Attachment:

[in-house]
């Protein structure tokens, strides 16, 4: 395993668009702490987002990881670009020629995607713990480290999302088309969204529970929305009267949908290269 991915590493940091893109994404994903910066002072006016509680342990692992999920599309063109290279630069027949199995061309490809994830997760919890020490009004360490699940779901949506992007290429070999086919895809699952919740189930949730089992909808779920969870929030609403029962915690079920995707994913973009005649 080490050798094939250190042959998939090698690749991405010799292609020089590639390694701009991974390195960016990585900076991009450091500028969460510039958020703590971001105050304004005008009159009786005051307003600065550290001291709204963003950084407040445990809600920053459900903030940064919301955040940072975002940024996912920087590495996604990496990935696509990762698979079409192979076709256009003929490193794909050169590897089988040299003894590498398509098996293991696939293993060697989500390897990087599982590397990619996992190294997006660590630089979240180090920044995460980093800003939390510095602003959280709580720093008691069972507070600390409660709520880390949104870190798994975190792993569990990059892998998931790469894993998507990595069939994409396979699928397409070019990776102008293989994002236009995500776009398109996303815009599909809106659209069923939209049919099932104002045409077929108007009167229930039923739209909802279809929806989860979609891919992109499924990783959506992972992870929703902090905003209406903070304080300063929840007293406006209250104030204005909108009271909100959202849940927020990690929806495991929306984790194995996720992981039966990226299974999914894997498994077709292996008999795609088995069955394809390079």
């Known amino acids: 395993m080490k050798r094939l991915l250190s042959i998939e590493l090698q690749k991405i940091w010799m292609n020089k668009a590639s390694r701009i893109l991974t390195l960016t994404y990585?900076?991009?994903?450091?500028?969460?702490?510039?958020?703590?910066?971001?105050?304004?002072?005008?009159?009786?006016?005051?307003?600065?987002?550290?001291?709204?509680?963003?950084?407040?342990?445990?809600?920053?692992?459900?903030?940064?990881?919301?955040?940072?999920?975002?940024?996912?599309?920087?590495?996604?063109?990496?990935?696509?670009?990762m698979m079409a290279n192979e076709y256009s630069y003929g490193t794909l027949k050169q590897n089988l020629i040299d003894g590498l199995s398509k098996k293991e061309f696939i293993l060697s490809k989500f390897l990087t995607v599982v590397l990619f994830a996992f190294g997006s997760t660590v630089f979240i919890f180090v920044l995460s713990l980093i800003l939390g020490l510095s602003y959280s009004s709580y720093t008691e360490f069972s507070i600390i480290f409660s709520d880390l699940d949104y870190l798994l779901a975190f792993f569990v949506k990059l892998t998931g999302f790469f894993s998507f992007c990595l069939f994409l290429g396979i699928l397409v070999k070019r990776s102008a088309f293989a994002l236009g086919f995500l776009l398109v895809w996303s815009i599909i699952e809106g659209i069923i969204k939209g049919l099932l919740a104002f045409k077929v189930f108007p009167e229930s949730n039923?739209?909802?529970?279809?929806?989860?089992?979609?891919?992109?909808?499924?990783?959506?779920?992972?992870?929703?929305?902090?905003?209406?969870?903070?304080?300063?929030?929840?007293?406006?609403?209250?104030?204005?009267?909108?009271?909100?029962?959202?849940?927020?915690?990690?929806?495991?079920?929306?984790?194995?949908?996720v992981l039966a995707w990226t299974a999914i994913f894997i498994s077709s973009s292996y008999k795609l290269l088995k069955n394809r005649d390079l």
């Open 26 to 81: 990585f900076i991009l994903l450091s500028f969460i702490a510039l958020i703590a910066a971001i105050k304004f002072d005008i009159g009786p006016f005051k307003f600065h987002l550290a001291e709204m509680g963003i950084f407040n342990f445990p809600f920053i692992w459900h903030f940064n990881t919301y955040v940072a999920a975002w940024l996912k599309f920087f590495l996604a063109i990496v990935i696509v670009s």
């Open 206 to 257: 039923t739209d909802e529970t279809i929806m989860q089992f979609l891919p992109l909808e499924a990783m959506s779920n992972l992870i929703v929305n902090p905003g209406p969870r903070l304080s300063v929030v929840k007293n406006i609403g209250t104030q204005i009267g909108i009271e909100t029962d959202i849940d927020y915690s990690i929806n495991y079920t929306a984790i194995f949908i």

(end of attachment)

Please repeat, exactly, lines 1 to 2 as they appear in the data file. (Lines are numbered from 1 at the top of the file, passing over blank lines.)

[in-house]
């Protein structure tokens, strides 16, 4: 395993668009702490987002990881670009020629995607713990480290999302088309969204529970929305009267949908290269 991915590493940091893109994404994903910066002072006016509680342990692992999920599309063109290279630069027949199995061309490809994830997760919890020490009004360490699940779901949506992007290429070999086919895809699952919740189930949730089992909808779920969870929030609403029962915690079920995707994913973009005649 080490050798094939250190042959998939090698690749991405010799292609020089590639390694701009991974390195960016990585900076991009450091500028969460510039958020703590971001105050304004005008009159009786005051307003600065550290001291709204963003950084407040445990809600920053459900903030940064919301955040940072975002940024996912920087590495996604990496990935696509990762698979079409192979076709256009003929490193794909050169590897089988040299003894590498398509098996293991696939293993060697989500390897990087599982590397990619996992190294997006660590630089979240180090920044995460980093800003939390510095602003959280709580720093008691069972507070600390409660709520880390949104870190798994975190792993569990990059892998998931790469894993998507990595069939994409396979699928397409070019990776102008293989994002236009995500776009398109996303815009599909809106659209069923939209049919099932104002045409077929108007009167229930039923739209909802279809929806989860979609891919992109499924990783959506992972992870929703902090905003209406903070304080300063929840007293406006209250104030204005909108009271909100959202849940927020990690929806495991929306984790194995996720992981039966990226299974999914894997498994077709292996008999795609088995069955394809390079």